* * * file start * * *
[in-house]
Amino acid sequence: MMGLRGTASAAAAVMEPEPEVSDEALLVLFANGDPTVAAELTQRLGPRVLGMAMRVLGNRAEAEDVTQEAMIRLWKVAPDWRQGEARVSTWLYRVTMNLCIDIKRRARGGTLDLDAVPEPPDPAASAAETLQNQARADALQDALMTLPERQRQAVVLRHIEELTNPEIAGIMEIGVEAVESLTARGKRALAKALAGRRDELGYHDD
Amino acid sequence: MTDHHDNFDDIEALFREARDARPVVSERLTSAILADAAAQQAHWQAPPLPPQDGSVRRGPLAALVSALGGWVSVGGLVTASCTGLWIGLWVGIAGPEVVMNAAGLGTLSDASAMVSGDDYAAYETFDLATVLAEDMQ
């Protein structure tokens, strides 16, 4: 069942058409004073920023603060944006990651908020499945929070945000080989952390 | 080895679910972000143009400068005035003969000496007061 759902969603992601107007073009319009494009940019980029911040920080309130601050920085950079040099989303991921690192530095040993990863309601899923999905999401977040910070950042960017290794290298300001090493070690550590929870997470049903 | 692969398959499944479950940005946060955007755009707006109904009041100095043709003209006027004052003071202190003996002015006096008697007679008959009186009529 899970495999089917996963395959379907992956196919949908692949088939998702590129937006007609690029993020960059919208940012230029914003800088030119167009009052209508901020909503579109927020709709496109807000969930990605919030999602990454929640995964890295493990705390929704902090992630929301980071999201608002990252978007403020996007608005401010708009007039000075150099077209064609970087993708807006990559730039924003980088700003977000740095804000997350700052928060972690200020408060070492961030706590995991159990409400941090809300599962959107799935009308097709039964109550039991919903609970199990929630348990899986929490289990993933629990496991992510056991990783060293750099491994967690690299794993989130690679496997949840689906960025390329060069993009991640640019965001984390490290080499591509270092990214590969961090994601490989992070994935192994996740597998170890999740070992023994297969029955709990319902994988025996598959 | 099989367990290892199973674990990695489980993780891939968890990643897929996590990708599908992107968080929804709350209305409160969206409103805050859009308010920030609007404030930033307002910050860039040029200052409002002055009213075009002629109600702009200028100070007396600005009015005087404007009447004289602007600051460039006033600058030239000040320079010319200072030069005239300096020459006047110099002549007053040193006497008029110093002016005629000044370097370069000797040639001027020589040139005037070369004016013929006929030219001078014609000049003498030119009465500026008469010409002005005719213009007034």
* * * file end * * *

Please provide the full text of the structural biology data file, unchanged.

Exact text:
[in-house]
Amino acid sequence: MMGLRGTASAAAAVMEPEPEVSDEALLVLFANGDPTVAAELTQRLGPRVLGMAMRVLGNRAEAEDVTQEAMIRLWKVAPDWRQGEARVSTWLYRVTMNLCIDIKRRARGGTLDLDAVPEPPDPAASAAETLQNQARADALQDALMTLPERQRQAVVLRHIEELTNPEIAGIMEIGVEAVESLTARGKRALAKALAGRRDELGYHDD
Amino acid sequence: MTDHHDNFDDIEALFREARDARPVVSERLTSAILADAAAQQAHWQAPPLPPQDGSVRRGPLAALVSALGGWVSVGGLVTASCTGLWIGLWVGIAGPEVVMNAAGLGTLSDASAMVSGDDYAAYETFDLATVLAEDMQ
């Protein structure tokens, strides 16, 4: 069942058409004073920023603060944006990651908020499945929070945000080989952390 | 080895679910972000143009400068005035003969000496007061 759902969603992601107007073009319009494009940019980029911040920080309130601050920085950079040099989303991921690192530095040993990863309601899923999905999401977040910070950042960017290794290298300001090493070690550590929870997470049903 | 692969398959499944479950940005946060955007755009707006109904009041100095043709003209006027004052003071202190003996002015006096008697007679008959009186009529 899970495999089917996963395959379907992956196919949908692949088939998702590129937006007609690029993020960059919208940012230029914003800088030119167009009052209508901020909503579109927020709709496109807000969930990605919030999602990454929640995964890295493990705390929704902090992630929301980071999201608002990252978007403020996007608005401010708009007039000075150099077209064609970087993708807006990559730039924003980088700003977000740095804000997350700052928060972690200020408060070492961030706590995991159990409400941090809300599962959107799935009308097709039964109550039991919903609970199990929630348990899986929490289990993933629990496991992510056991990783060293750099491994967690690299794993989130690679496997949840689906960025390329060069993009991640640019965001984390490290080499591509270092990214590969961090994601490989992070994935192994996740597998170890999740070992023994297969029955709990319902994988025996598959 | 099989367990290892199973674990990695489980993780891939968890990643897929996590990708599908992107968080929804709350209305409160969206409103805050859009308010920030609007404030930033307002910050860039040029200052409002002055009213075009002629109600702009200028100070007396600005009015005087404007009447004289602007600051460039006033600058030239000040320079010319200072030069005239300096020459006047110099002549007053040193006497008029110093002016005629000044370097370069000797040639001027020589040139005037070369004016013929006929030219001078014609000049003498030119009465500026008469010409002005005719213009007034």